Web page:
I just want to point out, that it is possible to set up a serial communication with more than two Arduinos. I2C is definitely much better, but here is what you would have to do. You have to setup a ring. TX 1 => RX 2, TX2 => RX 3, TX3 => RX 4, .... TX n => RX 1. Each Arduino needs to know its ID. Each send message needs to send the ID of the receiver. When an Arduino receives a message it compares its ID with the message ID. When equal you react to the message (consume), if not you send it to the next node. Not very efficient, but definitely possible.

Nice you share with all you

Nice you share with all you knowledge. You save time today to me. Thanks.

Pullup resistors

Thank you for your great example. This is what I was looking for. I am still very confused about pullup resistors/I2C en the Arduino. I have found many sites/examples where they state that you don't need to pull-up the I2C lines because the Wire library uses the internal pull-up resistors of the Arduino.

I have tried this example without the pull-up resistors to the 5V line and it is working great for me. So I guess the internal pull-ups are working?

Re:

I2C is pronounced "I squared C" and stands for Inter-Integrated Circuit. This protocol was designed by Phillips Semiconductors around 1992 to allow easy communication between components on the same circuit board and can achieve transfer rates of up to 400 kbit/sec. Is is a 2 line (plus common ground) communication method for one master device to control up to 112 slave devices. While it is possible to have multiple masters on the same I2c bus, this page will only deal with a one master configuration.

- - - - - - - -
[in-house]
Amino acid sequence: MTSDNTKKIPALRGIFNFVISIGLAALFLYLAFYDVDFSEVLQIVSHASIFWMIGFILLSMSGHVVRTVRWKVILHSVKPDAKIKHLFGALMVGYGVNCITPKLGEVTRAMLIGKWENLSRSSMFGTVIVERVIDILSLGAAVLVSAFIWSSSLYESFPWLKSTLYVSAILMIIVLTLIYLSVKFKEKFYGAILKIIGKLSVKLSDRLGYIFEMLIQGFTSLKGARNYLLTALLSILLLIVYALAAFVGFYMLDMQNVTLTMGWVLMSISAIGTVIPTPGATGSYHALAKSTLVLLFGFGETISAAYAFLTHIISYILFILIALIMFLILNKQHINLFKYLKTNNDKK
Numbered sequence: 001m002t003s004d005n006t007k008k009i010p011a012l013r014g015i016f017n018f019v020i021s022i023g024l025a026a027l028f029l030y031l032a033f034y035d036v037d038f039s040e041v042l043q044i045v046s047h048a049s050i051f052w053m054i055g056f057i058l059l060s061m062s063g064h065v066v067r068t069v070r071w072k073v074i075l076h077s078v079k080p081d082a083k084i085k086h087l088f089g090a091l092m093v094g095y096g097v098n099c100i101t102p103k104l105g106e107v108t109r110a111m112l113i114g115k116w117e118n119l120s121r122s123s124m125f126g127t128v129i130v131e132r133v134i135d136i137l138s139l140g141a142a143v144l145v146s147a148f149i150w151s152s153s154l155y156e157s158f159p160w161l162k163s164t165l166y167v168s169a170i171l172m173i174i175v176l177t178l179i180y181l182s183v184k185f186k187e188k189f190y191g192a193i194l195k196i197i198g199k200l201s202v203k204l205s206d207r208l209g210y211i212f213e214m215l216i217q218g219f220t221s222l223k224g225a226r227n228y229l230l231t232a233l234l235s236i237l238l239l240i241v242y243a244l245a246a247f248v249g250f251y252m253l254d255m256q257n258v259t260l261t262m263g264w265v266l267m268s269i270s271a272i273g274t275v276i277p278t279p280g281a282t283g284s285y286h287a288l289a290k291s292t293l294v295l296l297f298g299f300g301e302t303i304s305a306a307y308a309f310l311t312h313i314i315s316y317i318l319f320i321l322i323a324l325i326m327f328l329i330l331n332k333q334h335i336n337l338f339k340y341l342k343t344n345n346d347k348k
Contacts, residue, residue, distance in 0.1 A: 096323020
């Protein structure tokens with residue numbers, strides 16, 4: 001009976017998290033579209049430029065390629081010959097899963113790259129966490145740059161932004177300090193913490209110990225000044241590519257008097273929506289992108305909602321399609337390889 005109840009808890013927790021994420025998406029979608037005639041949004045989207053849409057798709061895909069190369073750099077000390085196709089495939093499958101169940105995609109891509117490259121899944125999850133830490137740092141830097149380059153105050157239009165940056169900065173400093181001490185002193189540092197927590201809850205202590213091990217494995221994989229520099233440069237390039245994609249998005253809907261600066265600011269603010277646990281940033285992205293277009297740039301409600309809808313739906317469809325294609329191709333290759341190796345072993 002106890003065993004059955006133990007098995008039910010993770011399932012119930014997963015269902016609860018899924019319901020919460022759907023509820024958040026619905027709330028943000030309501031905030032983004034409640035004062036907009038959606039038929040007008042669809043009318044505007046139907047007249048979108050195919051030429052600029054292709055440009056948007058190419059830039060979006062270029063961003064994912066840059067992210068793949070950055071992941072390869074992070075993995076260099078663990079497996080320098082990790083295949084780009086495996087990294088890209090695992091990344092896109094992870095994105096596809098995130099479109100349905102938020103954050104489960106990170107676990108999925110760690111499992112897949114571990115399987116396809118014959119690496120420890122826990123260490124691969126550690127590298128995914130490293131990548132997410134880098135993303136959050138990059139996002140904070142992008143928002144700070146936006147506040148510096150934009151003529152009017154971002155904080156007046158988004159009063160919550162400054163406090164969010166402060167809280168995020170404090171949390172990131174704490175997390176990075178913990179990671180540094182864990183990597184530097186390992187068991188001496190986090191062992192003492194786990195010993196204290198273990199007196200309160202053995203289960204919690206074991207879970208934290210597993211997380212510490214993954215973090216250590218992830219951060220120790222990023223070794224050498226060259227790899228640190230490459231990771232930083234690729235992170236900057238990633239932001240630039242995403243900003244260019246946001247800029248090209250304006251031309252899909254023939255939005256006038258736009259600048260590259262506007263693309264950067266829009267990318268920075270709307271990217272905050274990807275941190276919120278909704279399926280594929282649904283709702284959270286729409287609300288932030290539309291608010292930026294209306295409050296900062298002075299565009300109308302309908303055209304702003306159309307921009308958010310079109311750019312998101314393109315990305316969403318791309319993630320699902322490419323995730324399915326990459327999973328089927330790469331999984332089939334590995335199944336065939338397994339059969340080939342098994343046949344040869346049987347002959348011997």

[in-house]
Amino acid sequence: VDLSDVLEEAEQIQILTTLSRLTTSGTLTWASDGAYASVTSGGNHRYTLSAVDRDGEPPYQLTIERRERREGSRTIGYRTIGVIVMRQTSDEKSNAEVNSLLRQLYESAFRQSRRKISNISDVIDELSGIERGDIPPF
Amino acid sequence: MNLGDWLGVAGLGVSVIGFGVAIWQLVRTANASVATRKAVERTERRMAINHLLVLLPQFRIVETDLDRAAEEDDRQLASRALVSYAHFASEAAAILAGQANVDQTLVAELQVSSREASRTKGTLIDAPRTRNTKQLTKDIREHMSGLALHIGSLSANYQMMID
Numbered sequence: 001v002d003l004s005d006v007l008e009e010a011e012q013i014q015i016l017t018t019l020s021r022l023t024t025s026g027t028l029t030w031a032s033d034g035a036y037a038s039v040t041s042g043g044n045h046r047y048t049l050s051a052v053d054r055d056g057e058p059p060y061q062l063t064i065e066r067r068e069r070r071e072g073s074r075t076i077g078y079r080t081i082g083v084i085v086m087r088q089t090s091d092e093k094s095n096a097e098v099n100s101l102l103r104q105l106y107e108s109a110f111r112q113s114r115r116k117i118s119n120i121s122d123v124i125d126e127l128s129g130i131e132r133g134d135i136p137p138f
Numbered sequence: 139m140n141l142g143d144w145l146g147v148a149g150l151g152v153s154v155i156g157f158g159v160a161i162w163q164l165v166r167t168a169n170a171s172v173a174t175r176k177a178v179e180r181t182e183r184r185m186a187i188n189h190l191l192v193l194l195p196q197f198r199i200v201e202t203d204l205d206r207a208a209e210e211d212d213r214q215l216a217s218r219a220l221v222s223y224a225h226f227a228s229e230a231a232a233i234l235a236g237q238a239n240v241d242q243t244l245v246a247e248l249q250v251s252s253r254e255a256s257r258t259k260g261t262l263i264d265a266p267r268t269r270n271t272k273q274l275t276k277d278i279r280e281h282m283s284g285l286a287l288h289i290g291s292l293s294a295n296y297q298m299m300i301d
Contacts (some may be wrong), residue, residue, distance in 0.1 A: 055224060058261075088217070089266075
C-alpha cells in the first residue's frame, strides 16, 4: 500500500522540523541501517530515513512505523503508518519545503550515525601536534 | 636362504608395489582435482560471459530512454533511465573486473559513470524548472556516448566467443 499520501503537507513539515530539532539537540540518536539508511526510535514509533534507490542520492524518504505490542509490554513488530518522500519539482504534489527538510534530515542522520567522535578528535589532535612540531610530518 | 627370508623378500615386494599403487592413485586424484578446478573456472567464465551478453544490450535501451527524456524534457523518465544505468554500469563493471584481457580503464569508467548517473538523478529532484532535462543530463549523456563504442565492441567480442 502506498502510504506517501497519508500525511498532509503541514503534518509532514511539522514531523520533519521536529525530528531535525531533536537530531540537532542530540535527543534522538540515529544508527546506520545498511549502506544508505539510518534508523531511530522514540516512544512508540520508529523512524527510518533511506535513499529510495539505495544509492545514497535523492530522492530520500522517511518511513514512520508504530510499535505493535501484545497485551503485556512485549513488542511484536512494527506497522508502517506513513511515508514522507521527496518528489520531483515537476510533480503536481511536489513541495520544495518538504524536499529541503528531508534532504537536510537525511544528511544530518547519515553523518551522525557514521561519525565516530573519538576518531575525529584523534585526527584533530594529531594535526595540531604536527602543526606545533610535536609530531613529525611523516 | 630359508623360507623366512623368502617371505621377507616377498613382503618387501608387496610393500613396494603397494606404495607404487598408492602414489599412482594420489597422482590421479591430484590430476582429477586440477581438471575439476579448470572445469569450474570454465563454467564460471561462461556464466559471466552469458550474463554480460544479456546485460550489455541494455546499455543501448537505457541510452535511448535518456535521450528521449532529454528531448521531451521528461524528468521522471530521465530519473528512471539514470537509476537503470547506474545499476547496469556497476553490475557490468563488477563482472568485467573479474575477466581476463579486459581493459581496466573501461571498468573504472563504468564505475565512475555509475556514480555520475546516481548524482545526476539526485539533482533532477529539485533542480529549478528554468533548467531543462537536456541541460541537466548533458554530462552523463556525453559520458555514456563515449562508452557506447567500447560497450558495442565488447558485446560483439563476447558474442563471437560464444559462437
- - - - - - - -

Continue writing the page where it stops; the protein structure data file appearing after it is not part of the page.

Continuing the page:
Interesting link on hackmod

Another comment: other bus types

So you had the "wrong" idea about the serial being a bus?

In fact, it is wrong an idea when we are talking about the RS232 or the logic-level serial on the Arduino.

But there are serial bus systems. Research the RS485 standard for example.
This can be implemented using the AVRs serial port and a simple diver chip like the SN75176 or its low power cousins from Maxim.
the tricky part is the bus arbitration: no two senders may send at the same time. Usually this involves a master-slave scheme of some kind.

I am using RS485 type buses for all the long-haul communications where TWI is really at hte limit.
When using 5bit datawords (5n2 is the smallest the AVR serial supports, iirc), then the clock difference between the devices on the bus may even be 3% or so - usually communication is stable even with devices running off the RC oscillator (without a crystal).

For linking a bunch of Arduinos this is a very good choice for hte long distance: cheap drivers, good isolation (worst case: a driver chip burns out) and loooong distance is possible (one through your garden and back).
Drawback is bandwidth: on a long line only like 4800 or 2400 bit/s are really usable.

hase